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Unlocking Higher Performance 3D Printed Applications

January 25, 2021 | Reading time: 4 min

Additive manufacturing (AM) has rewritten many of the rules of traditional product and part design. By turning the design and production processes on their heads, it’s helped to improve part performance, cost and sustainability through creative design innovation. But what are some of the best ways to capitalize on these possibilities?


Key factors to consider in 3D printing design

Inspired by Brad’s brilliant insights, here are some key factors to consider in your 3D printing design, including what you should and shouldn’t do when designing products for additive manufacturing.

Filling the void with specialist engineering software

Traditional manufacturing processes have been around for quite some time. As such, the design software industry has largely centered on these methods. Systems like CAD, CAM and CAE (computer-aided design, manufacturing and engineering, respectively) have served the manufacturing industry well, but they don’t fully accommodate what 3D printing brings to the market. 3D printing and AM are more supportive of building from the ground up than classic methods of manufacturing (and, by association, design). 

New digital tools specifically designed for AM can — and should — be incorporated into current manufacturing systems to complement them while fully utilizing the power of 3D printing.

Embracing human creativity

Additive manufacturing does an excellent job of alleviating human involvement in the “grunt work” of production — as a fully digital process it automates the complete physical build. This begs the question: what is the role of the human engineer if artificial intelligence (AI) is automatically generating parts?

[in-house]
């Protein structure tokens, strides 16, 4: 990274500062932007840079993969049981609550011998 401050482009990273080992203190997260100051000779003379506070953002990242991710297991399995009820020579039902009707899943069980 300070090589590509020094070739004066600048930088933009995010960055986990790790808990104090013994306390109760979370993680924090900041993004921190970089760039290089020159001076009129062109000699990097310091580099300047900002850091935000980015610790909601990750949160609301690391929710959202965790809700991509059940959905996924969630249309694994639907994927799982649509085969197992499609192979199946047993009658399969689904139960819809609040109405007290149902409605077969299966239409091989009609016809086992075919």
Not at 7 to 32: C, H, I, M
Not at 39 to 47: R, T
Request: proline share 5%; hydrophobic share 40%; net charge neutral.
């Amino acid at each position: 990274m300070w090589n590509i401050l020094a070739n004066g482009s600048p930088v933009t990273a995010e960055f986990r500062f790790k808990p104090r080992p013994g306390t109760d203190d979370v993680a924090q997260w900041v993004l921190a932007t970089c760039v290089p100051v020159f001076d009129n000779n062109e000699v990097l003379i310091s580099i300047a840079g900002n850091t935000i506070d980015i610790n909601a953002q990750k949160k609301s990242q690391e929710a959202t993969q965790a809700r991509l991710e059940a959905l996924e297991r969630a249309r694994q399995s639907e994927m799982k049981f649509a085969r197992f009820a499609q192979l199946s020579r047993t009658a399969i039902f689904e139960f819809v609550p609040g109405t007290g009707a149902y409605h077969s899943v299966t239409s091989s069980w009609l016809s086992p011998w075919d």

The answer to this is innate human creativity. The human ability to come up with innovative solutions and make connections is what feeds the continued progress of manufacturing technology. To capture this creativity, 3D printing software is now being developed to support and encourage the removal of tasks like cleaning up a model that distracts from thinking about the engineering of parts themselves.


Tips for creating better products with additive manufacturing

To get the most out of AM and the specialist software used, Brad has a few useful tips for engineers to keep in mind:

  1. Find the proof points: Whether it’s a simple example of making jigs and fixtures for your manufacturing process or completely reimagining the construction or combination of parts in an engine, a successful deployment will affirm the benefits that you can achieve through additive manufacturing.
  2. Adopt a new way of thinking: Using your proof point as inspiration, encourage thought patterns that look at engineering problems from the perspective of “how can I increase efficiency and reduce bottlenecks by using this technology?” This will holistically impact business as a whole, incrementally bringing the company-wide thought process around to looking for AM solutions to problems.
  3. Build a reusable set of workflows: An innovative way of building one thing can have inherent benefits to other future projects too. Take advantage of the universality and “open source” nature of AM designs you develop —  that way, every engineer in your organization can access and utilize them in other projects where they could provide solutions that otherwise hadn’t been considered.

The design capabilities of additive manufacturing software allow you to take your 3D printing to the next level by overcoming some of the limitations of traditional manufacturing and design techniques, opening up the possibilities for greater innovation and more creative problem-solving.


Listen to Additive Snack now

To find out more about how 3D printing applications can enhance your additive manufacturing projects, listen to our Additive Snack podcast episode — Unlocking Higher Performance 3D Printing Applications with Brad Rothenberg — where Brad delves deeper into the details of how nTopology’s software helps companies achieve greater designs.

Author: Fabian Alefeld

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